Tag Archives: Level of Predictability and Control

Agile Contracts – Does it Work? How Do You Do It?

A lot of people may think that it is inconsistent to impose cost and schedule constraints on an Agile project. It is difficult, but it definitely can be done – one of the areas where that becomes essential is Agile contracts.

Agile Contracts

An Example of Agile Contracts

For example,

  • I once managed a large federal government project that had all the typical government contracting requirements for cost and schedule milestones; but,
  • At the same time, the government customer wanted some level of flexibility to work out detailed requirements as the project progresses

The Relationship With the Customer

Does that sound inconsistent? It might be depending on the relationship you have with the customer. Obviously, this will only work if there is a spirit of trust and partnership with the customer.

  • The customer needs to collaboratively work out any trade-offs between the scope of the requirements and the cost and schedule of the contract as it progresses
  • If there is more of a typical “arms-length” contracting relationship or some kind of adversarial relationship, it’s not going to work at all

Doing this generally requires a hybrid Agile approach that blends an Agile development approach with a plan-driven “shell”.

  • The plan-driven shell provides some level of predictability and control over the overall scope, cost, and schedule of the project while
  • The Agile development approach operates within that shell to provide some level of flexibility and adaptivity in the detailed requirements

That approach is described in more detail in my article on the “Managed Agile Development Framework“.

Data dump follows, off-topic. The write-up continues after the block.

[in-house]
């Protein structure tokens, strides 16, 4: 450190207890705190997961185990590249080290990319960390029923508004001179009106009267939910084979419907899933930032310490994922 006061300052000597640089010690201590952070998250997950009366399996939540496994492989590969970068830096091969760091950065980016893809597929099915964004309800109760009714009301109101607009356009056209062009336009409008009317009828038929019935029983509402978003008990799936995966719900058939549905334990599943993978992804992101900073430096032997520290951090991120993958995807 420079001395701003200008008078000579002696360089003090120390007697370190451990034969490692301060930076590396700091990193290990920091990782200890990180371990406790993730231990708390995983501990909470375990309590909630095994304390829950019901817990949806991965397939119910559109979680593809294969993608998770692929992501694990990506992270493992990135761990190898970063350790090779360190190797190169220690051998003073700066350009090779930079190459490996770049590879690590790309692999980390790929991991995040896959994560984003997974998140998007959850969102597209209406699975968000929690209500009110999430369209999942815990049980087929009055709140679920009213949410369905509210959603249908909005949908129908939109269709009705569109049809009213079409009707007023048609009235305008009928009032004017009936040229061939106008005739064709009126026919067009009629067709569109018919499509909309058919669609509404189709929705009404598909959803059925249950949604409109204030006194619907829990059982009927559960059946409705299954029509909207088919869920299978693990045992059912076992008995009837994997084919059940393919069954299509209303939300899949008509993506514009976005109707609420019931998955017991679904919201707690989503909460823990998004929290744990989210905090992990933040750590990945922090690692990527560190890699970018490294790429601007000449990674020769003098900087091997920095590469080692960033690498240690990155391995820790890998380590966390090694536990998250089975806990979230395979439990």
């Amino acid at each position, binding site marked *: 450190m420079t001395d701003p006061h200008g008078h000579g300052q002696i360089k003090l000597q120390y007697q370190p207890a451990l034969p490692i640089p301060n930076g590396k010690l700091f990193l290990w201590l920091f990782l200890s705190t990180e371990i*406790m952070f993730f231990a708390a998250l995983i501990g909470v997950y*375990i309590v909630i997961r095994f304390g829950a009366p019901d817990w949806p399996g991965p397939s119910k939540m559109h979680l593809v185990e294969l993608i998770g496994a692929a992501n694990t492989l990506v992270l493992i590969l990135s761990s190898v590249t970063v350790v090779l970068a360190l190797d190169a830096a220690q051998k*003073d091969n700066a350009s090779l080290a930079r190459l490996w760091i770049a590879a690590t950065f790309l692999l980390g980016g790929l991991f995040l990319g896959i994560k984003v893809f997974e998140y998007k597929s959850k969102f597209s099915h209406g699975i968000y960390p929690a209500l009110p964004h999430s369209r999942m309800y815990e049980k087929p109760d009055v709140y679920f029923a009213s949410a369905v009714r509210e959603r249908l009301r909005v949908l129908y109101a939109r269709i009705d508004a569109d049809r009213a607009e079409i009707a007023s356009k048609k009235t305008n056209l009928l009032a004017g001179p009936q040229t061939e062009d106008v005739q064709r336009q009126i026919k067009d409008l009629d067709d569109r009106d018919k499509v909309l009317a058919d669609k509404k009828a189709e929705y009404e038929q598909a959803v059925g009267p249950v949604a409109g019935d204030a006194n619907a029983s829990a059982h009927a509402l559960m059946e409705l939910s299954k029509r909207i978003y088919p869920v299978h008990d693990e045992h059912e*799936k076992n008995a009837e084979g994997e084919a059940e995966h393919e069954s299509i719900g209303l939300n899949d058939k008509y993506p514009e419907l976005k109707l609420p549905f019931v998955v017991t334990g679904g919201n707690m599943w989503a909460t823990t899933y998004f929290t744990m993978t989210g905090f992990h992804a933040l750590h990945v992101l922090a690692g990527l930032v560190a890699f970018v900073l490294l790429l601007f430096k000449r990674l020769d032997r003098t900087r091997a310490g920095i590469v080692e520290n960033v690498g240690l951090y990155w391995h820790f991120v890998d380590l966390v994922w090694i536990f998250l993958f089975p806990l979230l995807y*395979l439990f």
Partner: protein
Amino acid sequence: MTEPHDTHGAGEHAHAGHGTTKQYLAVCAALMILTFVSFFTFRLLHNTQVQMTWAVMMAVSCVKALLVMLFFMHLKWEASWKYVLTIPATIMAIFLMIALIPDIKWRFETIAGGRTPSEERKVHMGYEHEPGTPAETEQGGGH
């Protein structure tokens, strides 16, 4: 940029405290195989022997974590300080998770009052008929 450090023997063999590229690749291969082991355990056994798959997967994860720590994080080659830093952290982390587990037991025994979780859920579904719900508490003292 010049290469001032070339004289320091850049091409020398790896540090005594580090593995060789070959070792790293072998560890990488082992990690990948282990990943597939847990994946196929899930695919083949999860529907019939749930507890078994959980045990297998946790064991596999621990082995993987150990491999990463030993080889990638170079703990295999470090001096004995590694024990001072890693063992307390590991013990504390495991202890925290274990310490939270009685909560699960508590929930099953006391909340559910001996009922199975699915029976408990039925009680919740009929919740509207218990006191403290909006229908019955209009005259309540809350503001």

Money for Nothing; Change for Free

Jeff Sutherland has created a very nice model for this called “Money for Nothing, Change for Free”. Jeff’s approach is based on two primary clauses in an Agile contract:

Change for Free

The “Change for Free” clause is based on the idea that the customer can make any change they want provided that the total contract work is not changed.

  • This allows new features to be added provided that lower priority items are removed from the project.
  • I have documented a case study in my book on how General Dynamics, UK successfully used this approach on a large government contract in the UK.

Money for Nothing

The “Money for Nothing” clause is interesting. It recognizes the fact that in many projects:

  • The customer always asks for everything that they could possibly need, but
  • If you prioritize those items and deliver the highest priority items first, at some point you will reach a point of diminishing returns where the cost of developing incremental features exceeds the value that those features provide.

This clause:

  • Allows the customer to cancel the contract at that point. The customer saves 80% of the cost that would have been spent to complete the remaining items; however,
  • The contractor receives a fee of 20% of the cost for early cancellation
  • That makes it a win/win for both the customer and the supplier.

What Kind of Agile Contracts Does This Apply To?

This concept is not limited to fixed-price contracts – that’s only the extreme case.

  • It can be applied to almost any Agile project where there is a need for some level of predictability and control over the costs and schedule of the project
  • Very few people get a “blank check” to do an Agile project without any expectations of what will be delivered and what the estimated cost and schedule of the project are likely to be

Additional Resources

You will find much more detail on this in my Online Agile Project Management Training.